Hey Area is a collaborative reporting project of KALW News. Using a tool developed by Hearken, audience members submit questions about the Bay Area. If your question is selected, you will partner with a reporter to find the answer. Read more about the project here.
In 1976, there was a classified ad in the San Francisco Chronicle. It read, “SIGN Mr. PEANUT for sale. 20ft. tall as see [sic] from Bayshore Fwy. Eves. 364-5005.” That’s the last record of the huge Mr. Peanut sign that once marked the spot of the Planters Peanut factory.
Why do so many Bay Area highways have similar names? We've got Interstate 280, 580, 680 and 880 — what gives? That's the question that listener Jennifer Paulus submitted to Hey Area, KALW's collaborative reporting project. Click the player above for the answer.
Almost everyone who flies into San Francisco or San Jose airport has seen it -- a vibrant patchwork quilt of colorful water. There, on the southern edge of the San Francisco Bay, you can see bright pinks, pumpkin oranges, neon greens and deep magentas, contrasted against the dark blues of the natural bay water. The last time KALW listener Donna Staton peered out an airplane window, she saw it, too.
San Francisco has the strongest economy of any city in the U.S. And with business booming, a lot of eyes are on local corporations to see if they are giving back to the local community by paying their fair share in taxes.
The blocky Vaillancourt Fountain near San Francisco's Ferry Building has been controversial since its installation in the 1970s. One issue that's dogged the fountain for decades? It's often dry. Listener Ingrid Roseborough wrote to Hey Area wondering why. Click the player above the hear the answer.
In 1925, Redwood City's real estate board offered a $10 prize for the best slogan for the growing city. The winning submission? "Climate Best by Government Test." In this Hey Area short-answer segment, reporter Jürgen Klemm digs into whether the claim is true. Click the player above to hear the answer.
Are there more crows in the Bay Area than there used to be? The answer is yes. For this short-answer segment, reporter Jurgen Klemm teamed up with veteran birder Alan Hopkins to learn why. Click the player above to hear the story.
Lake Merritt is often referred to as the Jewel of Oakland. By day, you can see fitness enthusiasts running and birds splashing in the water. But as the sun begins to set, the crowd thins out, and a string of 3,400 pearly light bulbs begin to glow.
A more accurate name might be Lagoon Merritt or Slough Merritt, as it's connected to the salty ocean water of the Bay. In this short-answer segment, reporter Jürgen Klemm dives into the history of Oakland's heart-shaped body of water.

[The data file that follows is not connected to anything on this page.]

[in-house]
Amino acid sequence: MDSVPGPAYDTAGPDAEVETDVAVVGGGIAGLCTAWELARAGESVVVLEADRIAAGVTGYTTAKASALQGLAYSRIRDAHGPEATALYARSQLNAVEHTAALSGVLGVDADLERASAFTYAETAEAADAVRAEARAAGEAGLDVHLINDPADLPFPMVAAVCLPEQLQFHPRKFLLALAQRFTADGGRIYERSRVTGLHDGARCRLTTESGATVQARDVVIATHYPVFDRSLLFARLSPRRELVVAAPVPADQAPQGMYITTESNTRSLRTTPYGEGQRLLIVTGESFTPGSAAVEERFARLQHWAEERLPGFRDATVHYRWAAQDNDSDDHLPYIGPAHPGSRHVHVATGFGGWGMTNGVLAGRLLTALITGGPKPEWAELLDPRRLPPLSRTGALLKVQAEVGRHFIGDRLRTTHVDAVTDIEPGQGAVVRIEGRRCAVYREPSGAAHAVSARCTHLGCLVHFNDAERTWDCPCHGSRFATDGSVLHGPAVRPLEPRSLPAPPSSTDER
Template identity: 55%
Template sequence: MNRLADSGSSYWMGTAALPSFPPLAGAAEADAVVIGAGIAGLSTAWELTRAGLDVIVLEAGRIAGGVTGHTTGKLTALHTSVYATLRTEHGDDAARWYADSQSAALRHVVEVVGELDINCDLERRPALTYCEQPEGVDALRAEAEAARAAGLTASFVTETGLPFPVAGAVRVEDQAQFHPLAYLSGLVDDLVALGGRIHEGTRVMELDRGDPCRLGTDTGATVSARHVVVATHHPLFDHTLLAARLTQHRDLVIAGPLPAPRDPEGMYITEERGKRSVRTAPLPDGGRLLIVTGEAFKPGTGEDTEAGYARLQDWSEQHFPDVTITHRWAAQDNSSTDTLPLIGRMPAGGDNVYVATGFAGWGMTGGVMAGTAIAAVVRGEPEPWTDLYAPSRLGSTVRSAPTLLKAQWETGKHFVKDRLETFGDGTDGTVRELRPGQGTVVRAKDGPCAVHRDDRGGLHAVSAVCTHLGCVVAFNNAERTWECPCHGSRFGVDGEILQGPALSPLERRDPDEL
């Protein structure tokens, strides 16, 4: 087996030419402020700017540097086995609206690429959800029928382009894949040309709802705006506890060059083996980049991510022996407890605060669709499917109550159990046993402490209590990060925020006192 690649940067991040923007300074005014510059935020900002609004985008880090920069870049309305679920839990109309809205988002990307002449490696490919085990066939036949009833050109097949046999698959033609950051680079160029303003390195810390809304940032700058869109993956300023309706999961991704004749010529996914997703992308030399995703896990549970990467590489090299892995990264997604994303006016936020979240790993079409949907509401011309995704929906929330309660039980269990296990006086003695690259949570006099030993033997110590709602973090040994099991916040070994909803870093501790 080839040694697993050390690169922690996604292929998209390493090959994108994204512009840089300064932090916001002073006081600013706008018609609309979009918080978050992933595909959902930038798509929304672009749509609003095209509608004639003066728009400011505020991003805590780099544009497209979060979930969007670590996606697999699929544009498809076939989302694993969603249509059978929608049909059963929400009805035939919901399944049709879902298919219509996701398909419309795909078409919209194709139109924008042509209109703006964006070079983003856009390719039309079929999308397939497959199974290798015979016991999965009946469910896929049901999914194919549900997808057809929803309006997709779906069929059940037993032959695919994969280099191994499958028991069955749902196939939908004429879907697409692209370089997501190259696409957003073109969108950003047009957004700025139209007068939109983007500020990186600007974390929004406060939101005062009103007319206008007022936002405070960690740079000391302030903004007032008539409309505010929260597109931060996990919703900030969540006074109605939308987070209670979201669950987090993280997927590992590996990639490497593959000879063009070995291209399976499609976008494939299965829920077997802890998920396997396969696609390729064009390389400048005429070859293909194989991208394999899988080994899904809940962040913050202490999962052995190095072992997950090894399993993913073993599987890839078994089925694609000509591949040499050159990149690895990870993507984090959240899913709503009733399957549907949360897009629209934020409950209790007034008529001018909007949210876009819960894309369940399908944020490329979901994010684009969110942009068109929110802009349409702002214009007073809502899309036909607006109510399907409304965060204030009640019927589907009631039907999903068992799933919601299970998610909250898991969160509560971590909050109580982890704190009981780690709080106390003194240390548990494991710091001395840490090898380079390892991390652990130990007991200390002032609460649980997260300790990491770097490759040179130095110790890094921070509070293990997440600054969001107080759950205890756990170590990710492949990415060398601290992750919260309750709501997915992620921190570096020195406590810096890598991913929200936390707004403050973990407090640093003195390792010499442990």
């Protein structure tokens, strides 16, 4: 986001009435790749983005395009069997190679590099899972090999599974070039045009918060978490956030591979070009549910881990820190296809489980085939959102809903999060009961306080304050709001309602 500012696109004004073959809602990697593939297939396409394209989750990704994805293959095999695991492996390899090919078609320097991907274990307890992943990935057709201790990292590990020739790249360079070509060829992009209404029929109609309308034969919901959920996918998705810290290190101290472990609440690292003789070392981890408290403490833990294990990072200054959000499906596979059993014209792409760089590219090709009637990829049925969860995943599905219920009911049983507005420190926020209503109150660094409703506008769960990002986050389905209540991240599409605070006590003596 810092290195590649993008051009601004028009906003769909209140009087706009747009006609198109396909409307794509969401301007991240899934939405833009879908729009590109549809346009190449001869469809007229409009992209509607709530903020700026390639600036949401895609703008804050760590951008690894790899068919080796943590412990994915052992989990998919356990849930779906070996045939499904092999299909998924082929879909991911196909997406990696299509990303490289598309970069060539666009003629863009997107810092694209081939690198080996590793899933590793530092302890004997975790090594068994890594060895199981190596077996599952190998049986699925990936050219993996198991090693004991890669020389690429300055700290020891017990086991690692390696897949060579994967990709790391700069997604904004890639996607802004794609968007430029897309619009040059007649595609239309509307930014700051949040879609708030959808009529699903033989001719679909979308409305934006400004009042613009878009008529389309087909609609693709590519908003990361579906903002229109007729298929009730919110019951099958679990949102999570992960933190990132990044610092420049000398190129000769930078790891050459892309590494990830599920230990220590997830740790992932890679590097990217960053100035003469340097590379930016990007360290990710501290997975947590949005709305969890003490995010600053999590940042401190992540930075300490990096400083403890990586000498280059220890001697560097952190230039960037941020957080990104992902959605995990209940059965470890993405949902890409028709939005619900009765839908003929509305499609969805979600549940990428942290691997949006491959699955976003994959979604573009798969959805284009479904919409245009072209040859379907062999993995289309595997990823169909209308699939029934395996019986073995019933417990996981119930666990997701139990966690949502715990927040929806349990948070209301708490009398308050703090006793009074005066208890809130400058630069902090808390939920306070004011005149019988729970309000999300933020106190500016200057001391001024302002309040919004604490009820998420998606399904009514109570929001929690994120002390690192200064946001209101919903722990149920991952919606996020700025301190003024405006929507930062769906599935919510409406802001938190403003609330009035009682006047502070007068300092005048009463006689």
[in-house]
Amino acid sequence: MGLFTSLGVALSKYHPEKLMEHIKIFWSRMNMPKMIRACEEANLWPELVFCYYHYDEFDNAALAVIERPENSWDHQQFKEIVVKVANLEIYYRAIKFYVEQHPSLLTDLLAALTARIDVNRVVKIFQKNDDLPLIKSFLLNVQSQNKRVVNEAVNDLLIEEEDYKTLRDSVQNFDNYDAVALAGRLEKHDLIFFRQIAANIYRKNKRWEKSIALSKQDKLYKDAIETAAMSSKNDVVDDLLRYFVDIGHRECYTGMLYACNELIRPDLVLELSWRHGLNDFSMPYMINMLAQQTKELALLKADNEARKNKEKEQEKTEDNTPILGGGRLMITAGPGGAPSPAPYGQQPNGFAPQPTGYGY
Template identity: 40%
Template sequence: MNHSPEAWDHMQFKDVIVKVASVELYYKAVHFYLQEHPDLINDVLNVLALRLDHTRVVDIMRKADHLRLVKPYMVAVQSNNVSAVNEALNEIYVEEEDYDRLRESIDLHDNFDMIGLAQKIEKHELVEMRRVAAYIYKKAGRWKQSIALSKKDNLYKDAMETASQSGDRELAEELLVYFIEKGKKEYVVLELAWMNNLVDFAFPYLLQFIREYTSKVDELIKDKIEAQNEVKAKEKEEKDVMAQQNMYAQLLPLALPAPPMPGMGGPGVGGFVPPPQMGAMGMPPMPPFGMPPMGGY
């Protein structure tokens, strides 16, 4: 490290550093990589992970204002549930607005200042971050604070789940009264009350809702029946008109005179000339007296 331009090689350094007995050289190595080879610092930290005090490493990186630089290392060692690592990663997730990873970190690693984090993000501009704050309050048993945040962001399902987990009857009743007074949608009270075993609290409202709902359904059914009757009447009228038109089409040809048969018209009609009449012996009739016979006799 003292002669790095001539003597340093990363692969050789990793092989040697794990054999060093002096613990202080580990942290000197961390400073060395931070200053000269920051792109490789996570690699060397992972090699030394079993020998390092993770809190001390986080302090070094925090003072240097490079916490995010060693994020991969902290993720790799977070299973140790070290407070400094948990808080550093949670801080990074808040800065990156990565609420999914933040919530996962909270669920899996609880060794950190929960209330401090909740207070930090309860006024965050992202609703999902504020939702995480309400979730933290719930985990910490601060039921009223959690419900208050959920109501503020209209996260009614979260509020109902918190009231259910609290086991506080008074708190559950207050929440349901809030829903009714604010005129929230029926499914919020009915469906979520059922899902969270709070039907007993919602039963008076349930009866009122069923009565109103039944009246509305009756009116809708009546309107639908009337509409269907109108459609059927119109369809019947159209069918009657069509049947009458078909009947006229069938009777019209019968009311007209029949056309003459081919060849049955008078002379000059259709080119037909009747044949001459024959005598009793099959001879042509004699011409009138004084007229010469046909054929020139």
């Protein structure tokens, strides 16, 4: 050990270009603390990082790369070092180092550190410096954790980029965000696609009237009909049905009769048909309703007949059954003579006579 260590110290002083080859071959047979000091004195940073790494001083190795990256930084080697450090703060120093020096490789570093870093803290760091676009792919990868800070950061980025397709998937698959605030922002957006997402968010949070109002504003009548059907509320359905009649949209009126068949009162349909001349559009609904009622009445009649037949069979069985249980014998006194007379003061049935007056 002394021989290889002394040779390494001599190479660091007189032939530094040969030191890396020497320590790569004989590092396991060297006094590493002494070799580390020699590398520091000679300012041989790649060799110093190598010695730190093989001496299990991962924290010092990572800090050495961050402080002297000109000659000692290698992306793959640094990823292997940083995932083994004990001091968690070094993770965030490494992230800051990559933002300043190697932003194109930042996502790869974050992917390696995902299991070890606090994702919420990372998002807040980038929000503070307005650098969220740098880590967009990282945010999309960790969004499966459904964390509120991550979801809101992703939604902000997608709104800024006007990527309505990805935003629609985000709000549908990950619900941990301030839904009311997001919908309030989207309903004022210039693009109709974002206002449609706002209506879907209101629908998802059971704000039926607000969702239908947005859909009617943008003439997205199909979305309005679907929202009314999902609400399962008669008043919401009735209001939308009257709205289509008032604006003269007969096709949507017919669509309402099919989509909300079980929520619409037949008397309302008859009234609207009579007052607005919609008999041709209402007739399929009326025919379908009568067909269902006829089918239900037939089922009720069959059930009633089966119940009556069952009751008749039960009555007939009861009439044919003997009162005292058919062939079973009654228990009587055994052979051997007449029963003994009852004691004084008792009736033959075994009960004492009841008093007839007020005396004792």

Was the flagpole on top of Oakland's Tribune Tower designed as a mooring for airships? Listener Robert Weiner submitted this question to Hey Area, KALW's collaborative reporting project. Click the audio player above to hear the answer.
McLaren Park in southeastern San Francisco is home to an amphitheater, seven miles of walking trails, sweeping views of San Bruno Mountain and — according to listener Danny Yanow — some "giant birds nests." Yanow wrote into KALW's collaborative reporting project Hey Area asking what kind of birds built them.
That's the question that listener Milena Fiore posed to KALW's collaborative news project Hey Area. In this short-answer segment, she speaks with Ginny Stearns, an amateur historian and Mission Creek Creek Conservancy board member, to learn the answer.
President Donald Trump recently issued an executive order promising to halt federal funding for cities that limit cooperation with immigration agents. Some mayors from across the country vowed to remain so called “sanctuary cities” anyway.
It’s easy to navigate the streets in San Francisco’s Bayview District once you realize that they’re alphabetical. Avenues, for example, go McKinnon, Newcomb, Oakdale, Palou, etc. Streets go Mendell, Newhall, Phelps.
When Heather Hernandez saw that KALW was seeking questions from listeners via Hey Area, she wrote in and asked, "Who has worked at KALW the longest?" We invited Heather to the station to interview some of our longest-standing employees. Steven Short — the original KALW newsroom volunteer — helped.